Following these three clips, the camera cuts back to a scene of the 1950s sitcom being filmed in front of a live audience. On screen, the male character pantomimes grabbing the backside of his female housekeeper. As he does so, an offscreen applause marquee flashes, directing members of the audience to laugh and cheer. The camera then pans to the audience itself, which consists predominantly of male viewers. Many are contorted with laughter; their gestures feel comical, exaggerated, and outlandishly dramatic.

It is significant that Gillette depicts the marquee as the catalyst of laughter for several reasons. First, the fact that the applause sign flashes immediately after the instance of on-screen sexual harassment suggests the event in and of itself is not actually humorous. If it were, laughter would be the natural response of the audience and not something prompted by network producers filming the show. Further, the fact that applause and laughter must be artificially prompted also suggests the media is aware that the actions they are displaying have no intrinsic hilarity. Therefore, the applause marquee also symbolizes the media’s ability to alter the perceptions of viewers by conditioning them to associate vile and psychologically harmful actions, such as sexual harassment, with laughter. In this way, media and TV networks perpetuate patriarcal, misogynistic objectification, by humorizing sexual violence and female-oppression. The important and dangerous issues of women are brushed off as non-serious, non-threatening fodder for laughter. But by showing the audience members’ laughter as comically disingenuous and overly dramatized, Gillette makes it clear that this kind of behavior is wholly unnatural. If humans naturally viewed violence and female-discrimination as humorous, then members of the audience would be laughing more rawly and subtly rather than raucously pantomiming laughter in a way which appears blatantly staged. So, by coupling the applause-marquee with the exaggerated laughter, Gillette serves to show that one of the most notable facets of toxic masculinity—mistreatment of women—is not inherent in men at all but is rather a behavior and practice indoctrinated by pop-culture and the media. Thus, the blame for toxic masculinity rests with society’s media.

One of the final scenes of the controversial commercial “We Believe: The Best a Man Can Be” symbolically positions a father and son and divides them from the rest of a crowd as a means of suggesting to viewers that toxic masculinity is societally-spread. Near the end of the short production, a father is seen pulling his young son behind him, through a crowd of people. He pulls his son against this tide of pedestrian traffic as they run over to a sidewalk. The father then intervenes to stop a group of adolescents from physically bullying another boy. This scene proves significant for several reasons. First, the flow of pedestrian traffic makes it appear as though the father is literally going against the human current—the flow of society. Because toxic masculinity suggests fighting is natural in men, in a society ingrained with these ideals, it is often seen as wrong to interfere when boys treat one another violently. Thus, in attempting to halt the violence, the father symbolically goes against the metaphorical currents of popular, societal opinions that are embodied by the crowd of pedestrians who move in a unified direction. Second, the use of many figures and many people as representative of toxic masculinity is also significant. It suggests that toxic masculinity is a problem much greater than any individual man. It is a problem interwoven into the very structure of modern civilization—one which influences social, political, economic, and human-behavioral structures. Thus, rejecting toxic masculinity involves rejecting many mainstream social/cultural practices—just as the father rejects the flow of pedestrian traffic in order to end the fight at the conclusion of Gillette’s “We Believe: The Best a Man Can Get.”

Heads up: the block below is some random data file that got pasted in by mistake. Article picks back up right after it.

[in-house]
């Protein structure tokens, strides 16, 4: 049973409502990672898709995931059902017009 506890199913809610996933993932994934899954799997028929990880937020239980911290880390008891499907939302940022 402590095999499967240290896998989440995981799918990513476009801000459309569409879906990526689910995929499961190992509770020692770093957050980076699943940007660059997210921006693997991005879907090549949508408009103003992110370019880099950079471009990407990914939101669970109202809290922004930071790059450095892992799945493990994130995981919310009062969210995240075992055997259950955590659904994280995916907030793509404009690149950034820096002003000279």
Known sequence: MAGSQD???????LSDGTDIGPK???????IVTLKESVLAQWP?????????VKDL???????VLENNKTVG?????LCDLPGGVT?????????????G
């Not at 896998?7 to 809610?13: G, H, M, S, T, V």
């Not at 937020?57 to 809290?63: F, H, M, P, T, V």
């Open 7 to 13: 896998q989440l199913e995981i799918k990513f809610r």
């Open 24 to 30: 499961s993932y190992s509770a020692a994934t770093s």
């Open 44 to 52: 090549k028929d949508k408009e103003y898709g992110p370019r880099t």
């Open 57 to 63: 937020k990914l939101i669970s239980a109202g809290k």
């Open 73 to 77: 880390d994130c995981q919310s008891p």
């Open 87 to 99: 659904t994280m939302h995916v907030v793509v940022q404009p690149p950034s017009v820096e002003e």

There is no denying that the 2019 Gillette ad “We Believe: The Best a Man Can Be” generated enormous controversy. Thousands upon thousands of individuals went so far as to assert that it was a full-blown assault on men. Many labeled it emasculating and deeply offensive. But to all those claiming wrongdoing on the part of Gillette, I say the following: perhaps your interpretation of the piece is wrong. Although on the surface the ad may merely display “men doing douchey shit,” a closer examination reveals numerous instances wherein responsibility for the poor actions of the men is placed on the society they reside in. So, although the Gillette ad does in fact attack many of the behaviors of men—portraying them in decidedly negative light—it does not attack the men themselves who are engaged in these actions. Rather, Gillette fully acknowledges the collective societal origins of these deeply-ingrained, serious issues and demonstrates the manner in which media and television especially promote toxic actions and ideals. In a society that often holds men to rigid standards and imposes conformity, Gillette is simply depicting the plights of men.

So, yes, Theo Von, people will still have dicks in the future; Gillette’s hope is merely that the presence of a penis will not automatically ascribe unto men certain characteristics and personality traits. Men after all, as Gillette believes, should be free to express their masculinity in healthy, respectful, and positive ways.